Now cite a case in which a court found that a State's exercise of its police powers to regulate possession of something within its borders constituted a regulation of commerce.
That would be Brown v. Maryland - 25 U.S. 419 (1827)
where the State of Maryland used it's police power to require a license for the importation and wholesale of " foreign goods by the bale or package, &c.".
Further, we have here
a paraphrase or quote, I'm unsure which as I can't seem to find the text in an opinion, or even the case referenced,
In the very first decision under the commerce clause Chief Justice. Marshall established that a state police regulation in conflict with a congressional regulation of interstate commerce is void.
AND we have 18 USC § 922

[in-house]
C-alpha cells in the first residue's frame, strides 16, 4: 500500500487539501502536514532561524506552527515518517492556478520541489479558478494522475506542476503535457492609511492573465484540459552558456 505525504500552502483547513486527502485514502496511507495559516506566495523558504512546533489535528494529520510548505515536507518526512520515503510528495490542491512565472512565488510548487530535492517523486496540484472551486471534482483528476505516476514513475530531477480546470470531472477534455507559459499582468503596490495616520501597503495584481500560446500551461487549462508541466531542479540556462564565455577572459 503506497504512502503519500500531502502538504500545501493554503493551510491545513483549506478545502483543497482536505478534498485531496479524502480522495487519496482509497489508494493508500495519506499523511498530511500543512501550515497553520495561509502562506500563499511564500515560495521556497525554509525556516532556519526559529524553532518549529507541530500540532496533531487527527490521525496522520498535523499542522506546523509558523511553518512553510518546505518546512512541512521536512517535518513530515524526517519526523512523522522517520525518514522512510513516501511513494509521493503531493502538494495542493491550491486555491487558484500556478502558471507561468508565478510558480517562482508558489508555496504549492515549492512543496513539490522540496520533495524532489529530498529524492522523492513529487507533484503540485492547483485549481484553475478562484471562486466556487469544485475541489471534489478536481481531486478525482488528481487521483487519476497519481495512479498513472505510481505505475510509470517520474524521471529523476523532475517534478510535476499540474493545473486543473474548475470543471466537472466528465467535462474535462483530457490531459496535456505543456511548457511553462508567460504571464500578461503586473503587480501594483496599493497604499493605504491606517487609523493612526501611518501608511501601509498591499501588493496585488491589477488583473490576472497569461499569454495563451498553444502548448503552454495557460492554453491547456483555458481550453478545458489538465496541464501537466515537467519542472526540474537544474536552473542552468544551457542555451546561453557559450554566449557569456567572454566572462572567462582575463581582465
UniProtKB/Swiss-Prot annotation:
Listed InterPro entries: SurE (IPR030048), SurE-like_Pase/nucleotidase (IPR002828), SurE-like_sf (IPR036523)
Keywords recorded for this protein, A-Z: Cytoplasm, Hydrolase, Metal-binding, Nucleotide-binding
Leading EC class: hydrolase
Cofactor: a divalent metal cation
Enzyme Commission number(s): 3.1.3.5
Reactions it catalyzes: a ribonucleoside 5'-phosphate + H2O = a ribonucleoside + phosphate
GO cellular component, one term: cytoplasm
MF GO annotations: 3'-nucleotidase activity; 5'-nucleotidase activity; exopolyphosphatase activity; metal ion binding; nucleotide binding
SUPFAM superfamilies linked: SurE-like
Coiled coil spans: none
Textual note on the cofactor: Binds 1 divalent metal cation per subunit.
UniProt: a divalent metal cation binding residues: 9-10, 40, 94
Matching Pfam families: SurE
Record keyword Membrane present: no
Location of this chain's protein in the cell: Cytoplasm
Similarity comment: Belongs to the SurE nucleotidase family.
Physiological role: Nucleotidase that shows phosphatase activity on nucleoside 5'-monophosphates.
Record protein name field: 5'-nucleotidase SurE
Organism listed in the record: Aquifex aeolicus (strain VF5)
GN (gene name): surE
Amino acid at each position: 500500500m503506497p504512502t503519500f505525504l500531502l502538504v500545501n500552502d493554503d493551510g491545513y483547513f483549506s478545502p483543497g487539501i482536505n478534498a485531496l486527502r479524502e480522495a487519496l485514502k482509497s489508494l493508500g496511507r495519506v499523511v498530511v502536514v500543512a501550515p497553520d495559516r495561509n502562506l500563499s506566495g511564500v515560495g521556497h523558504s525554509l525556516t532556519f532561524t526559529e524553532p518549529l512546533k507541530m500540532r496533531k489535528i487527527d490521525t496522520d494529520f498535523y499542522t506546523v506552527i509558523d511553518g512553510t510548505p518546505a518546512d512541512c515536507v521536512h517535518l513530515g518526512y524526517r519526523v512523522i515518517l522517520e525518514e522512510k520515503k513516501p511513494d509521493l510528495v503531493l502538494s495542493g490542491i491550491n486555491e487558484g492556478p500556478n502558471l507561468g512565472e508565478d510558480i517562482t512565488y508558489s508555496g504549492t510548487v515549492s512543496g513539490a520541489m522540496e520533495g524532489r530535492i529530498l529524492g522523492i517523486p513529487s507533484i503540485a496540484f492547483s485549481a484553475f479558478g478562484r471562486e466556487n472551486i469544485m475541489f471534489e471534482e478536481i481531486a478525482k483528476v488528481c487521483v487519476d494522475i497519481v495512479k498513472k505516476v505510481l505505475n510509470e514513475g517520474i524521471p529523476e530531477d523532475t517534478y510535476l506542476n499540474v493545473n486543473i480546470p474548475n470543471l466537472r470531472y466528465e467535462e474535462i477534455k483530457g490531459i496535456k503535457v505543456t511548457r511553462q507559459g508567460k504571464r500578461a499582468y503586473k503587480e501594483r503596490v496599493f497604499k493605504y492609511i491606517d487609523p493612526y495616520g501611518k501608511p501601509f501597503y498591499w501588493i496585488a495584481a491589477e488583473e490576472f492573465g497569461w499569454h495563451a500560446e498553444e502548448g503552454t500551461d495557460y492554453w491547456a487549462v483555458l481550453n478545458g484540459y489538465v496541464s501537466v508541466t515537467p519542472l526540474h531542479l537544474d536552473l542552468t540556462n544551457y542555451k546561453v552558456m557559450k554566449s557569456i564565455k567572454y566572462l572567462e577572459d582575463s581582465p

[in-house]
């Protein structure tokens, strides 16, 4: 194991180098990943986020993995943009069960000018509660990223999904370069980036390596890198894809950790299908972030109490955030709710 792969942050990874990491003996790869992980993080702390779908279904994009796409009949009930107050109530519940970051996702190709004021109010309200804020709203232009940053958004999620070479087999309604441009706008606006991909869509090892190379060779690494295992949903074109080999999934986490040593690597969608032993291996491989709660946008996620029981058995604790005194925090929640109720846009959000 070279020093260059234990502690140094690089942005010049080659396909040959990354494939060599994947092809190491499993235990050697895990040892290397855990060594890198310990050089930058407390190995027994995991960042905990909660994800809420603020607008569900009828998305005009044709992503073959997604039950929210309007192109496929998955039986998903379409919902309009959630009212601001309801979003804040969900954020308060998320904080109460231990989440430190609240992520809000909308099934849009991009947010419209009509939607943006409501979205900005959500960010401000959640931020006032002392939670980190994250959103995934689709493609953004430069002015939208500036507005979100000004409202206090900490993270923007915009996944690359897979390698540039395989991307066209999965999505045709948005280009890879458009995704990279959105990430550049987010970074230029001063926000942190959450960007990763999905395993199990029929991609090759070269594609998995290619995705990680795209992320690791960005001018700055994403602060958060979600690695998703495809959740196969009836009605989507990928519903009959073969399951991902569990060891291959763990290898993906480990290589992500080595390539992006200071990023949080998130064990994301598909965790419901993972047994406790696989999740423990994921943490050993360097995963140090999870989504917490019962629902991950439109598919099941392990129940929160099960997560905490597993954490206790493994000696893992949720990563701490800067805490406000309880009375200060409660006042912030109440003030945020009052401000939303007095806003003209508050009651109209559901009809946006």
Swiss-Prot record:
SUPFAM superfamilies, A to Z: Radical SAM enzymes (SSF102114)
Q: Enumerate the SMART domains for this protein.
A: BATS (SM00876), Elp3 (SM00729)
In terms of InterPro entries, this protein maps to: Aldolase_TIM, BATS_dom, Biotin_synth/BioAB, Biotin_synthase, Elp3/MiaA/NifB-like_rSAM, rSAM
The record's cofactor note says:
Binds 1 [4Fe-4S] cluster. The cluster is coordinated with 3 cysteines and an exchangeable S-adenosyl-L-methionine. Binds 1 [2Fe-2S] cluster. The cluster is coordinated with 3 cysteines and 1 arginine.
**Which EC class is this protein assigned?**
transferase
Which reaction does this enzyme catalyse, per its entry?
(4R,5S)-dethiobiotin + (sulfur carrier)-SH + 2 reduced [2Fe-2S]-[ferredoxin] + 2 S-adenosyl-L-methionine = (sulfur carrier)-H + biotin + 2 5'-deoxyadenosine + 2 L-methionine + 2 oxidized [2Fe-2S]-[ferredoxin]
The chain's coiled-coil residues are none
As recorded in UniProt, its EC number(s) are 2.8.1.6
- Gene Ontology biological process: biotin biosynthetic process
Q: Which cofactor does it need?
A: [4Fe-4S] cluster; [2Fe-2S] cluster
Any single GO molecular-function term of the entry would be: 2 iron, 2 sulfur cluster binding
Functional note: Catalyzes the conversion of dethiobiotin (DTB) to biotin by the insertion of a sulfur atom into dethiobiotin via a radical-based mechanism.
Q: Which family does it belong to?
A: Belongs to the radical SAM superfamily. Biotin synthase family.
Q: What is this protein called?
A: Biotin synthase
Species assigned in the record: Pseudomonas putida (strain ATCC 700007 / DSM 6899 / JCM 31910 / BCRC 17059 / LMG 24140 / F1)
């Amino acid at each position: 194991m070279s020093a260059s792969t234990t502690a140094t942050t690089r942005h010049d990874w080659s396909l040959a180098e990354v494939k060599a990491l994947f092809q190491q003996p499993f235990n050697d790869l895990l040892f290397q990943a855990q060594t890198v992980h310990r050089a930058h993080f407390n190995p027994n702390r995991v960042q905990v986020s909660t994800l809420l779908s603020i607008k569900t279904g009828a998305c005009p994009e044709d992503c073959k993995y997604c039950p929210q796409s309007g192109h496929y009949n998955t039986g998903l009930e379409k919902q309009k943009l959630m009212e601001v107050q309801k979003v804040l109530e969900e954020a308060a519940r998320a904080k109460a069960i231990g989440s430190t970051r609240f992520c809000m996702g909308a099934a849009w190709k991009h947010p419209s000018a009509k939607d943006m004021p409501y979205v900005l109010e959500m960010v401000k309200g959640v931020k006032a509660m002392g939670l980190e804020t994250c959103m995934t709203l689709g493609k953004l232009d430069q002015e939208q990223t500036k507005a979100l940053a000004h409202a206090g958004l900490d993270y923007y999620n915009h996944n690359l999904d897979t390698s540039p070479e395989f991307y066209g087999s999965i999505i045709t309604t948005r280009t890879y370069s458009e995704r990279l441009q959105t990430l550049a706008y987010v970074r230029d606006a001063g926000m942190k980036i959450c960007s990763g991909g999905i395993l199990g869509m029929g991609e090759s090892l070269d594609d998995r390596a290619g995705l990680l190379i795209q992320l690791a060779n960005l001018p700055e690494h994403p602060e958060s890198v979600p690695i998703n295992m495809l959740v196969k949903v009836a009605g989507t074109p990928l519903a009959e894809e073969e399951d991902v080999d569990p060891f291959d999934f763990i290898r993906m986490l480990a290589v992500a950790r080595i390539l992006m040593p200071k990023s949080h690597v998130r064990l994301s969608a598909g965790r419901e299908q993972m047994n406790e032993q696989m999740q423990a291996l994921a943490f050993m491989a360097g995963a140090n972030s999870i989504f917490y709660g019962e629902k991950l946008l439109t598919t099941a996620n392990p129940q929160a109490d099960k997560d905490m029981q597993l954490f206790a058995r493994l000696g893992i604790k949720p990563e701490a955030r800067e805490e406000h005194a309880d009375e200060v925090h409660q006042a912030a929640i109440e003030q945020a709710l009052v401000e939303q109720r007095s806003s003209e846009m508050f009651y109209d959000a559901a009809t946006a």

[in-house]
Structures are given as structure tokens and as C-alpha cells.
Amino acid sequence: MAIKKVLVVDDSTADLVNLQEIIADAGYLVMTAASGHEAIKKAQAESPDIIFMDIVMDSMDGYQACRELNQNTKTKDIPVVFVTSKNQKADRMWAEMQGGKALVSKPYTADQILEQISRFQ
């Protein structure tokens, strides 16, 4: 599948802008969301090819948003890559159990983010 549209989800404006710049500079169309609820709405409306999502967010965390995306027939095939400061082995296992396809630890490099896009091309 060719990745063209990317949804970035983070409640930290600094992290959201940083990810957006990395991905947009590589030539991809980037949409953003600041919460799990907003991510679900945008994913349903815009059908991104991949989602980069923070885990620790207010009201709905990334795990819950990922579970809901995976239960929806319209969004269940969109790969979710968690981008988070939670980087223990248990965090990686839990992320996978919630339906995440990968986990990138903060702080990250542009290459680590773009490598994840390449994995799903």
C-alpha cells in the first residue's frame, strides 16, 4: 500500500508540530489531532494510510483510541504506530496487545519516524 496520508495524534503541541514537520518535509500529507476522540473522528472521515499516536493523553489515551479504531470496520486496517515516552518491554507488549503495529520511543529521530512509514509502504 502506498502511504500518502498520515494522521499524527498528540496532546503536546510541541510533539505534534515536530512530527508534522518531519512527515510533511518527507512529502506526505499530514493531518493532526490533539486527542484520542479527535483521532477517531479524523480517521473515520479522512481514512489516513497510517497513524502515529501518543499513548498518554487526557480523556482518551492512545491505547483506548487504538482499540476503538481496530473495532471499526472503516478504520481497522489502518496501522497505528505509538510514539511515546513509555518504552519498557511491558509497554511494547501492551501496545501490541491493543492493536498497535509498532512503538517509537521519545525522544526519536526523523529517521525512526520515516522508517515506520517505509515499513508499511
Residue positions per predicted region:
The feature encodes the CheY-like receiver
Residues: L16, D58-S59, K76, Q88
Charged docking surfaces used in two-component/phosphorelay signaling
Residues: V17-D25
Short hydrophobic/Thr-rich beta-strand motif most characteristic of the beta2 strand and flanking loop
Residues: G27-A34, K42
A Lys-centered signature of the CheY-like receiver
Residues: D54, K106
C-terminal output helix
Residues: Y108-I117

Originally Posted by US Code
§922. Unlawful acts
(a) It shall be unlawful—
(1) It shall be unlawful for any person to manufacture, import, sell, ship, deliver, possess, transfer, or receive any firearm—
(A) that, after removal of grips, stocks, and magazines, is not as detectable as the Security Exemplar, by walk-through metal detectors calibrated and operated to detect the Security Exemplar; or
(B) any major component of which, when subjected to inspection by the types of x-ray machines commonly used at airports, does not generate an image that accurately depicts the shape of the component. Barium sulfate or other compounds may be used in the fabrication of the component
Between that, NFA, and other regulations we have ample examples of the Government exercising it's commerce power over which firearms are legal and not legal in interstate trade. The police power of California appears in conflict with that by being more restrictive.